41. 41. Combined genomic context/phylogenetic treeproc drawGenomicContextOfAlignment {outputFilename alignment contextDistance scaling genomeDirectory} {! ! foreach sequence $alignment {! ! # Make sure we have the GI number for this sequence.! set giNumber [::SeqData::getSourceData $sequence "gi"]! ! # Make sure we can tell which genome this sequence is from.! set taxonomy [join [::SeqData::getLineage $sequence 1 0 1] ","]! if {![info exists genomeTaxonomyMap($taxonomy)]} {! error "ERROR) Unknown genome for sequence [::SeqData::getName $sequence]: $taxonomy"! }! ! # Go through each of the genome context files for the genome.! set foundGene 0! foreach genomeName $genomeTaxonomyMap($taxonomy) {! ! ...! ! }! }! ! # Draw the genomic context.! drawMultipleGenomicContext $outputFilename $alignment $geneFiles $genePositions $geneStrands $contextDistance!}!!
  42. 42. Genome content future directions•  Genome content still a work in progress.•  Good candidate for a GUI: combined phylogenetic tree/ genome content viewer.•  Can also use COG codes to color by gene function.•  Still need API for manipulating PTT files. Genome content of ribosomal Fifteen Clostridia genomes Roberts, Chen, ZLS, BMC Evol. Bio. 2009 protein S4 by occurrence of contain two copies of S4: one the gene in the alpha operon. zinc-binding and one zinc-free.
  43. 43. BLAST DB Searching•  Import sequence data directly from BLAST databases•  Search using a single sequence or an EP profile•  Filter results based on taxonomy or redundancy (QR)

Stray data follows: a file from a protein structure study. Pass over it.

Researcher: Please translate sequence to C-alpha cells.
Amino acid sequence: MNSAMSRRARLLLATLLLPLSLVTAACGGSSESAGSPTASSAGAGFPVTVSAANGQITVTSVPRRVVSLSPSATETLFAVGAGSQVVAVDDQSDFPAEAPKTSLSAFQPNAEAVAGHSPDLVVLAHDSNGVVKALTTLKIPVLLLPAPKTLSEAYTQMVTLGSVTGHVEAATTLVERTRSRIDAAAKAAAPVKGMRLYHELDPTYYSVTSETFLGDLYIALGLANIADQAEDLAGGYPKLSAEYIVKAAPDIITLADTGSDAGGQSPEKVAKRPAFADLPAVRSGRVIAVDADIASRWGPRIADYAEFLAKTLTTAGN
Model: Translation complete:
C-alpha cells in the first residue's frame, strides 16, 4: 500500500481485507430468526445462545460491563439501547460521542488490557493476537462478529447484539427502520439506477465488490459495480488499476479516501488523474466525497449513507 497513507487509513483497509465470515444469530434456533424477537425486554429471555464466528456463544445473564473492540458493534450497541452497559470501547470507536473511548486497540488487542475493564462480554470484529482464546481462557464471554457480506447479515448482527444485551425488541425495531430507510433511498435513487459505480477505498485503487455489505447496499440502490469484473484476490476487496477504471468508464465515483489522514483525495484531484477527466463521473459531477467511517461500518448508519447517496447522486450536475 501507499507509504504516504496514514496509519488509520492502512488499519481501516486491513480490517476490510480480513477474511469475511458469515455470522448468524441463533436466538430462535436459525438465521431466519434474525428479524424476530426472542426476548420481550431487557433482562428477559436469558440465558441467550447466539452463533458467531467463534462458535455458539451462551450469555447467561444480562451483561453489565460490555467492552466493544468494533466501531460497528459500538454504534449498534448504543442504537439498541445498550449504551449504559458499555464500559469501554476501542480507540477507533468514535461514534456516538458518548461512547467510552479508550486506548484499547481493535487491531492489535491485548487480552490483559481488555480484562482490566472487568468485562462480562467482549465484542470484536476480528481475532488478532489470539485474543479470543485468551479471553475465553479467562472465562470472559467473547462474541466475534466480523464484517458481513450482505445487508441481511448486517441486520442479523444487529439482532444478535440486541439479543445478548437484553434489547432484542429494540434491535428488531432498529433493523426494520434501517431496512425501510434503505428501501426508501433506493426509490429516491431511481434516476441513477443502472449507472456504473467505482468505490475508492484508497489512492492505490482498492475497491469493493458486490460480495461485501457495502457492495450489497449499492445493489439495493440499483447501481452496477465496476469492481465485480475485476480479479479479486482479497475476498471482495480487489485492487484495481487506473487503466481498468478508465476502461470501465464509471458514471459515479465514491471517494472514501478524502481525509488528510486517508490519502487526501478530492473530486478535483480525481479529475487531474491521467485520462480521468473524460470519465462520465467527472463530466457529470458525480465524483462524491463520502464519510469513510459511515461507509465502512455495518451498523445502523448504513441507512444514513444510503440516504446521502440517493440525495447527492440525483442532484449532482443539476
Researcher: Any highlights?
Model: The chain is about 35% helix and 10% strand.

44. 44. Protein sequence alignment! How do I align two similar, but different sequences ?! Sequence 1: a1 a2 a3 - - a4 a5…an! Sequence 2: c1 - c2 c3 c4 c5 - …cm!There exist fast web tools, e.g., BLAST search:! See also Blastn, Psi-Blast, ….
  45. 45. Sequences from Swiss-Prot, NCBI, JGI, ….Structures from PDB, CATH, SCOP, …..!
  46. 46. Final Blast Result: Sequence Alignment!Search returns approximate alignments - needing refinement!Clustal, Muscle, MAFT, Tcoffee, pileup, Smith-Waterman, andmanual editing in sequence editor!
  47. 47. Flexible Grouping of Data•  Automatically group data by taxonomic classification to assist in evolutionary analysis (HGT) or create custom groups•  Apply metrics to groups independently, e.g bacterial signal
  48. 48. MultiSeq: Display and Edit Metadata •  External databases are cross- referenced to display metadata such as taxonomic information and enzymatic function •  Changes to metadata are preserved for future sessions •  Electronic Notebook: Notes and annotations about a specific sequence or structure can be added
  49. 49. Acknowledgements•  Elijah Roberts•  John Eargle•  Ke Chen•  Tyler Harpole•  Kirby Vandivort•  John StoneNIH Center for Macromolecular Modeling andBioinformatics